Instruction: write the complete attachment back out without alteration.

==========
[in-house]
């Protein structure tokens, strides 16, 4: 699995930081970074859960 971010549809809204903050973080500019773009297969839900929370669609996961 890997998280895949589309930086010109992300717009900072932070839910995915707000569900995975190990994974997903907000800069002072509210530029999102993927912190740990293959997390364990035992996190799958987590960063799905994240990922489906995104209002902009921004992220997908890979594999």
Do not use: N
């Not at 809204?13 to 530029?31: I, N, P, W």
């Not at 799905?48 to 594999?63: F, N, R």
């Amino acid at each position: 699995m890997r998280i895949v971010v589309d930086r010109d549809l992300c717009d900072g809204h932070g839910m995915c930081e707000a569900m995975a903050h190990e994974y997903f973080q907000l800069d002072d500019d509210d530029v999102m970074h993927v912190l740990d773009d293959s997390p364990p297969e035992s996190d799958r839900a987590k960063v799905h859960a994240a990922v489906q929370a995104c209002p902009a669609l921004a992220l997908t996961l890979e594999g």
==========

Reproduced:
[in-house]
């Protein structure tokens, strides 16, 4: 699995930081970074859960 971010549809809204903050973080500019773009297969839900929370669609996961 890997998280895949589309930086010109992300717009900072932070839910995915707000569900995975190990994974997903907000800069002072509210530029999102993927912190740990293959997390364990035992996190799958987590960063799905994240990922489906995104209002902009921004992220997908890979594999």
Do not use: N
């Not at 809204?13 to 530029?31: I, N, P, W």
């Not at 799905?48 to 594999?63: F, N, R």
């Amino acid at each position: 699995m890997r998280i895949v971010v589309d930086r010109d549809l992300c717009d900072g809204h932070g839910m995915c930081e707000a569900m995975a903050h190990e994974y997903f973080q907000l800069d002072d500019d509210d530029v999102m970074h993927v912190l740990d773009d293959s997390p364990p297969e035992s996190d799958r839900a987590k960063v799905h859960a994240a990922v489906q929370a995104c209002p902009a669609l921004a992220l997908t996961l890979e594999g």